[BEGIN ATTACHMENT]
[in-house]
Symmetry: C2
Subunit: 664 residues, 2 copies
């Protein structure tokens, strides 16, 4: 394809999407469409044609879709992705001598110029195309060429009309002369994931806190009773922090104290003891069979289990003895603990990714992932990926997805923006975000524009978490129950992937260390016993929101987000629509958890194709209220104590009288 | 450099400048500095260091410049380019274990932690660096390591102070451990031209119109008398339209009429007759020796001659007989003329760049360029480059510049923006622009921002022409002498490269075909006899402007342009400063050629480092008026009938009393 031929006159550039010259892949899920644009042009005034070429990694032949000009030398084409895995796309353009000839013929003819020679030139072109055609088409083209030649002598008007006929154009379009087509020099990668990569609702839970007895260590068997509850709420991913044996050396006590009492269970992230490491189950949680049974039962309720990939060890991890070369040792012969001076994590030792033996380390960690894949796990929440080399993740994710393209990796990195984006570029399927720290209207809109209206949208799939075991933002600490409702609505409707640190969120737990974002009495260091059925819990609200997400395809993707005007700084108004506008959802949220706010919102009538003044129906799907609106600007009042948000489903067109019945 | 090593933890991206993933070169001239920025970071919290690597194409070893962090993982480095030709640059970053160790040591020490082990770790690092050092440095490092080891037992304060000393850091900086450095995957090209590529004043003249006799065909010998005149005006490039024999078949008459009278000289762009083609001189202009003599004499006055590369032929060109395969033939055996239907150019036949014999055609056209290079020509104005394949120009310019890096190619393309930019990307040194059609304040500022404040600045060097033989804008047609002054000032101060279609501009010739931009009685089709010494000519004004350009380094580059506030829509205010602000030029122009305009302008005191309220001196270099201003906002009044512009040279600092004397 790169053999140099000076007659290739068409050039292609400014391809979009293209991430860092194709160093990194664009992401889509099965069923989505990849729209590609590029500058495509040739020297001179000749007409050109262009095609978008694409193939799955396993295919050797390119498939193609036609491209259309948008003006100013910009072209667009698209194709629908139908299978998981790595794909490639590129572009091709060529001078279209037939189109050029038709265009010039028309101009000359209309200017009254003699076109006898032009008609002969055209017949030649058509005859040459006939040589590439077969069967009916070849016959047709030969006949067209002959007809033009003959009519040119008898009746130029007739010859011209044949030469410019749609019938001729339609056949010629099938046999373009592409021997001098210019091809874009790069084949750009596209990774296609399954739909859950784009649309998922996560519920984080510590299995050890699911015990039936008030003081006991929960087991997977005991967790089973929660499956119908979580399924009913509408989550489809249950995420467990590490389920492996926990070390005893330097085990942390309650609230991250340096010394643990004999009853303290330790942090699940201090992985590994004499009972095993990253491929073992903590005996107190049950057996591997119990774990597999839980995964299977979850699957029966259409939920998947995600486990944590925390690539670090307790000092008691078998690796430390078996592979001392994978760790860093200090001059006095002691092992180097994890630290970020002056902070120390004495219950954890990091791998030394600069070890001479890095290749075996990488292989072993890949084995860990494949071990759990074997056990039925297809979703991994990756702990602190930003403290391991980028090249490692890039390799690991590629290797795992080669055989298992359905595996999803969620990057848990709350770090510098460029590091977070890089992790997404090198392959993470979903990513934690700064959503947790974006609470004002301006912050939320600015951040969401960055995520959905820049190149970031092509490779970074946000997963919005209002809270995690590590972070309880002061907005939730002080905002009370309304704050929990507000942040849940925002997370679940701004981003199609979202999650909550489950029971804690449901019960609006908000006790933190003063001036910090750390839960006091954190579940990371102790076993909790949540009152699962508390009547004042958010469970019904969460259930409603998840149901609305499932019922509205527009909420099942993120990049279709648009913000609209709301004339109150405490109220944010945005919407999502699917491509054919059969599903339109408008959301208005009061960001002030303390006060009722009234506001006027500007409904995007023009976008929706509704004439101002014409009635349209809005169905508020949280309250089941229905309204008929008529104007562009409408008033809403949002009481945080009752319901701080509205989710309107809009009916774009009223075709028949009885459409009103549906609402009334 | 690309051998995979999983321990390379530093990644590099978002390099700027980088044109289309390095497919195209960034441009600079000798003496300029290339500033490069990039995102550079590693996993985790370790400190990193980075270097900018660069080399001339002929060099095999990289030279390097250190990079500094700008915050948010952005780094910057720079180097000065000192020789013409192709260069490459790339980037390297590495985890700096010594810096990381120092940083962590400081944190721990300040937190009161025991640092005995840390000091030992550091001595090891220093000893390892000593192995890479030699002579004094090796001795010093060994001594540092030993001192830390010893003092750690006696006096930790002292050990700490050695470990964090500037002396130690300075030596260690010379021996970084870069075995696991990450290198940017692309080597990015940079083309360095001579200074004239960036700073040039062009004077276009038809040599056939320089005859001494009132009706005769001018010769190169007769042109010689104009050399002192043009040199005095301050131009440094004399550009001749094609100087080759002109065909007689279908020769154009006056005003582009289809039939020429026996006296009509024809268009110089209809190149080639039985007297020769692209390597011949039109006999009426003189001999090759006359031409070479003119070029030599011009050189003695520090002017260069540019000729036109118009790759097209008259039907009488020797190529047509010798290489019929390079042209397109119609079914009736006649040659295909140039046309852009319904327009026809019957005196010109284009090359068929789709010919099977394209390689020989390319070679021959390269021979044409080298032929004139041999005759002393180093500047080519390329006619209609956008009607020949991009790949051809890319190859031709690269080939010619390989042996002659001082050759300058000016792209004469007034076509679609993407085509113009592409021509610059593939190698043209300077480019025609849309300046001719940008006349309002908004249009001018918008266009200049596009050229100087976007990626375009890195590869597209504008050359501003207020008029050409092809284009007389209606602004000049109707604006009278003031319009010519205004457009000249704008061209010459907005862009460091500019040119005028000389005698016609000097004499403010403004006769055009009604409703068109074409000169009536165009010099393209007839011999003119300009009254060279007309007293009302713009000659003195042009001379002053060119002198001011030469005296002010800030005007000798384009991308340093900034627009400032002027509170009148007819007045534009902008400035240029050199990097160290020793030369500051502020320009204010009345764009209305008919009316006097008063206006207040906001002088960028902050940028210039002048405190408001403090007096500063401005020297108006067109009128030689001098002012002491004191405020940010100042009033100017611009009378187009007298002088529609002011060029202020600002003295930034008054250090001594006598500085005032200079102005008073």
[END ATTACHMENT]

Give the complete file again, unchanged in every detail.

[in-house]
Symmetry: C2
Subunit: 664 residues, 2 copies
């Protein structure tokens, strides 16, 4: 394809999407469409044609879709992705001598110029195309060429009309002369994931806190009773922090104290003891069979289990003895603990990714992932990926997805923006975000524009978490129950992937260390016993929101987000629509958890194709209220104590009288 | 450099400048500095260091410049380019274990932690660096390591102070451990031209119109008398339209009429007759020796001659007989003329760049360029480059510049923006622009921002022409002498490269075909006899402007342009400063050629480092008026009938009393 031929006159550039010259892949899920644009042009005034070429990694032949000009030398084409895995796309353009000839013929003819020679030139072109055609088409083209030649002598008007006929154009379009087509020099990668990569609702839970007895260590068997509850709420991913044996050396006590009492269970992230490491189950949680049974039962309720990939060890991890070369040792012969001076994590030792033996380390960690894949796990929440080399993740994710393209990796990195984006570029399927720290209207809109209206949208799939075991933002600490409702609505409707640190969120737990974002009495260091059925819990609200997400395809993707005007700084108004506008959802949220706010919102009538003044129906799907609106600007009042948000489903067109019945 | 090593933890991206993933070169001239920025970071919290690597194409070893962090993982480095030709640059970053160790040591020490082990770790690092050092440095490092080891037992304060000393850091900086450095995957090209590529004043003249006799065909010998005149005006490039024999078949008459009278000289762009083609001189202009003599004499006055590369032929060109395969033939055996239907150019036949014999055609056209290079020509104005394949120009310019890096190619393309930019990307040194059609304040500022404040600045060097033989804008047609002054000032101060279609501009010739931009009685089709010494000519004004350009380094580059506030829509205010602000030029122009305009302008005191309220001196270099201003906002009044512009040279600092004397 790169053999140099000076007659290739068409050039292609400014391809979009293209991430860092194709160093990194664009992401889509099965069923989505990849729209590609590029500058495509040739020297001179000749007409050109262009095609978008694409193939799955396993295919050797390119498939193609036609491209259309948008003006100013910009072209667009698209194709629908139908299978998981790595794909490639590129572009091709060529001078279209037939189109050029038709265009010039028309101009000359209309200017009254003699076109006898032009008609002969055209017949030649058509005859040459006939040589590439077969069967009916070849016959047709030969006949067209002959007809033009003959009519040119008898009746130029007739010859011209044949030469410019749609019938001729339609056949010629099938046999373009592409021997001098210019091809874009790069084949750009596209990774296609399954739909859950784009649309998922996560519920984080510590299995050890699911015990039936008030003081006991929960087991997977005991967790089973929660499956119908979580399924009913509408989550489809249950995420467990590490389920492996926990070390005893330097085990942390309650609230991250340096010394643990004999009853303290330790942090699940201090992985590994004499009972095993990253491929073992903590005996107190049950057996591997119990774990597999839980995964299977979850699957029966259409939920998947995600486990944590925390690539670090307790000092008691078998690796430390078996592979001392994978760790860093200090001059006095002691092992180097994890630290970020002056902070120390004495219950954890990091791998030394600069070890001479890095290749075996990488292989072993890949084995860990494949071990759990074997056990039925297809979703991994990756702990602190930003403290391991980028090249490692890039390799690991590629290797795992080669055989298992359905595996999803969620990057848990709350770090510098460029590091977070890089992790997404090198392959993470979903990513934690700064959503947790974006609470004002301006912050939320600015951040969401960055995520959905820049190149970031092509490779970074946000997963919005209002809270995690590590972070309880002061907005939730002080905002009370309304704050929990507000942040849940925002997370679940701004981003199609979202999650909550489950029971804690449901019960609006908000006790933190003063001036910090750390839960006091954190579940990371102790076993909790949540009152699962508390009547004042958010469970019904969460259930409603998840149901609305499932019922509205527009909420099942993120990049279709648009913000609209709301004339109150405490109220944010945005919407999502699917491509054919059969599903339109408008959301208005009061960001002030303390006060009722009234506001006027500007409904995007023009976008929706509704004439101002014409009635349209809005169905508020949280309250089941229905309204008929008529104007562009409408008033809403949002009481945080009752319901701080509205989710309107809009009916774009009223075709028949009885459409009103549906609402009334 | 690309051998995979999983321990390379530093990644590099978002390099700027980088044109289309390095497919195209960034441009600079000798003496300029290339500033490069990039995102550079590693996993985790370790400190990193980075270097900018660069080399001339002929060099095999990289030279390097250190990079500094700008915050948010952005780094910057720079180097000065000192020789013409192709260069490459790339980037390297590495985890700096010594810096990381120092940083962590400081944190721990300040937190009161025991640092005995840390000091030992550091001595090891220093000893390892000593192995890479030699002579004094090796001795010093060994001594540092030993001192830390010893003092750690006696006096930790002292050990700490050695470990964090500037002396130690300075030596260690010379021996970084870069075995696991990450290198940017692309080597990015940079083309360095001579200074004239960036700073040039062009004077276009038809040599056939320089005859001494009132009706005769001018010769190169007769042109010689104009050399002192043009040199005095301050131009440094004399550009001749094609100087080759002109065909007689279908020769154009006056005003582009289809039939020429026996006296009509024809268009110089209809190149080639039985007297020769692209390597011949039109006999009426003189001999090759006359031409070479003119070029030599011009050189003695520090002017260069540019000729036109118009790759097209008259039907009488020797190529047509010798290489019929390079042209397109119609079914009736006649040659295909140039046309852009319904327009026809019957005196010109284009090359068929789709010919099977394209390689020989390319070679021959390269021979044409080298032929004139041999005759002393180093500047080519390329006619209609956008009607020949991009790949051809890319190859031709690269080939010619390989042996002659001082050759300058000016792209004469007034076509679609993407085509113009592409021509610059593939190698043209300077480019025609849309300046001719940008006349309002908004249009001018918008266009200049596009050229100087976007990626375009890195590869597209504008050359501003207020008029050409092809284009007389209606602004000049109707604006009278003031319009010519205004457009000249704008061209010459907005862009460091500019040119005028000389005698016609000097004499403010403004006769055009009604409703068109074409000169009536165009010099393209007839011999003119300009009254060279007309007293009302713009000659003195042009001379002053060119002198001011030469005296002010800030005007000798384009991308340093900034627009400032002027509170009148007819007045534009902008400035240029050199990097160290020793030369500051502020320009204010009345764009209305008919009316006097008063206006207040906001002088960028902050940028210039002048405190408001403090007096500063401005020297108006067109009128030689001098002012002491004191405020940010100042009033100017611009009378187009007298002088529609002011060029202020600002003295930034008054250090001594006598500085005032200079102005008073």